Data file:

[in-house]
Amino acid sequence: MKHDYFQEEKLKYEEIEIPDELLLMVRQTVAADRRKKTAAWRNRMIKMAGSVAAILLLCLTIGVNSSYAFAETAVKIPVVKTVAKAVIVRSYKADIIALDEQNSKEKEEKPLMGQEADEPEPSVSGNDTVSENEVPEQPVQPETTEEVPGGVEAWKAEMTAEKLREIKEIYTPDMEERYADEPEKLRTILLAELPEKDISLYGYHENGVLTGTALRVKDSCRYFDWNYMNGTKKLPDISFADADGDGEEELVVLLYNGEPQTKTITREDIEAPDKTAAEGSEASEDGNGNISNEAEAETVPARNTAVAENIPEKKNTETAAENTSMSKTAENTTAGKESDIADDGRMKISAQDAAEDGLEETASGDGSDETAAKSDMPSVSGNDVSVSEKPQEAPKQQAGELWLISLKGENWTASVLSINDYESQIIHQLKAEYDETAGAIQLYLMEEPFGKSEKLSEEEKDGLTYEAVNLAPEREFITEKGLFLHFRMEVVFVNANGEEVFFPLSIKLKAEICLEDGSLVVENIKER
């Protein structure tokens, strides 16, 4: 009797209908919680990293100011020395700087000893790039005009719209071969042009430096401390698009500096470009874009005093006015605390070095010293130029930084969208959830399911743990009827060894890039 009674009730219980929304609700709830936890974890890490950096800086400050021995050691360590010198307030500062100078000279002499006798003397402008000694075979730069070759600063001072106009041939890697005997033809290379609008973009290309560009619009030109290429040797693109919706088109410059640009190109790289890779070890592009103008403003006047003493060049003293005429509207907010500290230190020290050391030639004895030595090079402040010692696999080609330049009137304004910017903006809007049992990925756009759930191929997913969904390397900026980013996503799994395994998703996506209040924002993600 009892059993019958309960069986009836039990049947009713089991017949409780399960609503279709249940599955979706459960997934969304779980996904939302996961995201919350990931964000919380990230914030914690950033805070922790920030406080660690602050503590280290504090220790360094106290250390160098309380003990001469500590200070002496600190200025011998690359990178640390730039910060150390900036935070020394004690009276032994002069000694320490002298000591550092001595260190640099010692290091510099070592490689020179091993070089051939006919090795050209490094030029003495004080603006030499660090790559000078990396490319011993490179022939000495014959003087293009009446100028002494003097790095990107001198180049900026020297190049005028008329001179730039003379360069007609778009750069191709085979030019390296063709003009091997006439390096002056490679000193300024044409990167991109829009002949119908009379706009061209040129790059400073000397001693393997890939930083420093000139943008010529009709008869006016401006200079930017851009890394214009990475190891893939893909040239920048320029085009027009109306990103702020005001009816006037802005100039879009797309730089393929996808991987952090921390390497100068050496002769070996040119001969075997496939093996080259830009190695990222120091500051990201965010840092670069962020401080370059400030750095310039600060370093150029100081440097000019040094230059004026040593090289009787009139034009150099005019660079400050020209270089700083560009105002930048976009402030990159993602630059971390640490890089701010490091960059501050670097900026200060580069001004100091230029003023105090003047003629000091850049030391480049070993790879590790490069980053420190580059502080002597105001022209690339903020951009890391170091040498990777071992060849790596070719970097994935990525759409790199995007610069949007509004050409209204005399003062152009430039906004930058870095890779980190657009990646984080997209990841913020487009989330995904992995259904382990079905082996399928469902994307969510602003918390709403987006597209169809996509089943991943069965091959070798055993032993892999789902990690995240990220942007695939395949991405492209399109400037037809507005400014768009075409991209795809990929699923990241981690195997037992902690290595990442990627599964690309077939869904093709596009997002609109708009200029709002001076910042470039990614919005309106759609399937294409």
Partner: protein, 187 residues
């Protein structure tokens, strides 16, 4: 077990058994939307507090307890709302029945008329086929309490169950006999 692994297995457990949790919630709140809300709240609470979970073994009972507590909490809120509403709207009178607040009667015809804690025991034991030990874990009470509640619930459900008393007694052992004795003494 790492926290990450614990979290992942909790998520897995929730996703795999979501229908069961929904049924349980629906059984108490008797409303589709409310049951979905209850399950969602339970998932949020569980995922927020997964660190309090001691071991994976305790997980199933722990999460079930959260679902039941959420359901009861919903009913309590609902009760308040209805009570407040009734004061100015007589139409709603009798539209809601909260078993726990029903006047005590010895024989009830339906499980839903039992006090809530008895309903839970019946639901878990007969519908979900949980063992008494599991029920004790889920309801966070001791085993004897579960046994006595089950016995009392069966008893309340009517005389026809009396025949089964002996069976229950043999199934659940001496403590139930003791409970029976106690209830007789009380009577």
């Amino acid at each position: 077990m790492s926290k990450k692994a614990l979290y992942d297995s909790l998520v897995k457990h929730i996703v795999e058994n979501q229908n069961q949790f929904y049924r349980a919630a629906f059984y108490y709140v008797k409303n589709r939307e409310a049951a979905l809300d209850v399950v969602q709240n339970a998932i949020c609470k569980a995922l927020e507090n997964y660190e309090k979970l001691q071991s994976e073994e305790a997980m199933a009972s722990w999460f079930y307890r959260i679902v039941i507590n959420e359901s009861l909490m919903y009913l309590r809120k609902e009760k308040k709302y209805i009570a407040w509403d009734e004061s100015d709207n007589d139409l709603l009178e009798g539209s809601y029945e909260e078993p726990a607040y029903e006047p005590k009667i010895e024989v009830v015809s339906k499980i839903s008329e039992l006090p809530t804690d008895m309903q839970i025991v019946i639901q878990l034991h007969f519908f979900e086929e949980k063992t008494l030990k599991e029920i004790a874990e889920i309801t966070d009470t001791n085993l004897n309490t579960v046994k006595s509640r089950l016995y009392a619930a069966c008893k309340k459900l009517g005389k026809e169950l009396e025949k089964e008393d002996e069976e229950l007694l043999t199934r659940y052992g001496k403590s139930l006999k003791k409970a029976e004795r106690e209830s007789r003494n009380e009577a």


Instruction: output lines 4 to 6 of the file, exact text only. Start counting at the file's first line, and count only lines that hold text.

Partner: protein, 187 residues
């Protein structure tokens, strides 16, 4: 077990058994939307507090307890709302029945008329086929309490169950006999 692994297995457990949790919630709140809300709240609470979970073994009972507590909490809120509403709207009178607040009667015809804690025991034991030990874990009470509640619930459900008393007694052992004795003494 790492926290990450614990979290992942909790998520897995929730996703795999979501229908069961929904049924349980629906059984108490008797409303589709409310049951979905209850399950969602339970998932949020569980995922927020997964660190309090001691071991994976305790997980199933722990999460079930959260679902039941959420359901009861919903009913309590609902009760308040209805009570407040009734004061100015007589139409709603009798539209809601909260078993726990029903006047005590010895024989009830339906499980839903039992006090809530008895309903839970019946639901878990007969519908979900949980063992008494599991029920004790889920309801966070001791085993004897579960046994006595089950016995009392069966008893309340009517005389026809009396025949089964002996069976229950043999199934659940001496403590139930003791409970029976106690209830007789009380009577």
């Amino acid at each position: 077990m790492s926290k990450k692994a614990l979290y992942d297995s909790l998520v897995k457990h929730i996703v795999e058994n979501q229908n069961q949790f929904y049924r349980a919630a629906f059984y108490y709140v008797k409303n589709r939307e409310a049951a979905l809300d209850v399950v969602q709240n339970a998932i949020c609470k569980a995922l927020e507090n997964y660190e309090k979970l001691q071991s994976e073994e305790a997980m199933a009972s722990w999460f079930y307890r959260i679902v039941i507590n959420e359901s009861l909490m919903y009913l309590r809120k609902e009760k308040k709302y209805i009570a407040w509403d009734e004061s100015d709207n007589d139409l709603l009178e009798g539209s809601y029945e909260e078993p726990a607040y029903e006047p005590k009667i010895e024989v009830v015809s339906k499980i839903s008329e039992l006090p809530t804690d008895m309903q839970i025991v019946i639901q878990l034991h007969f519908f979900e086929e949980k063992t008494l030990k599991e029920i004790a874990e889920i309801t966070d009470t001791n085993l004897n309490t579960v046994k006595s509640r089950l016995y009392a619930a069966c008893k309340k459900l009517g005389k026809e169950l009396e025949k089964e008393d002996e069976e229950l007694l043999t199934r659940y052992g001496k403590s139930l006999k003791k409970a029976e004795r106690e209830s007789r003494n009380e009577a």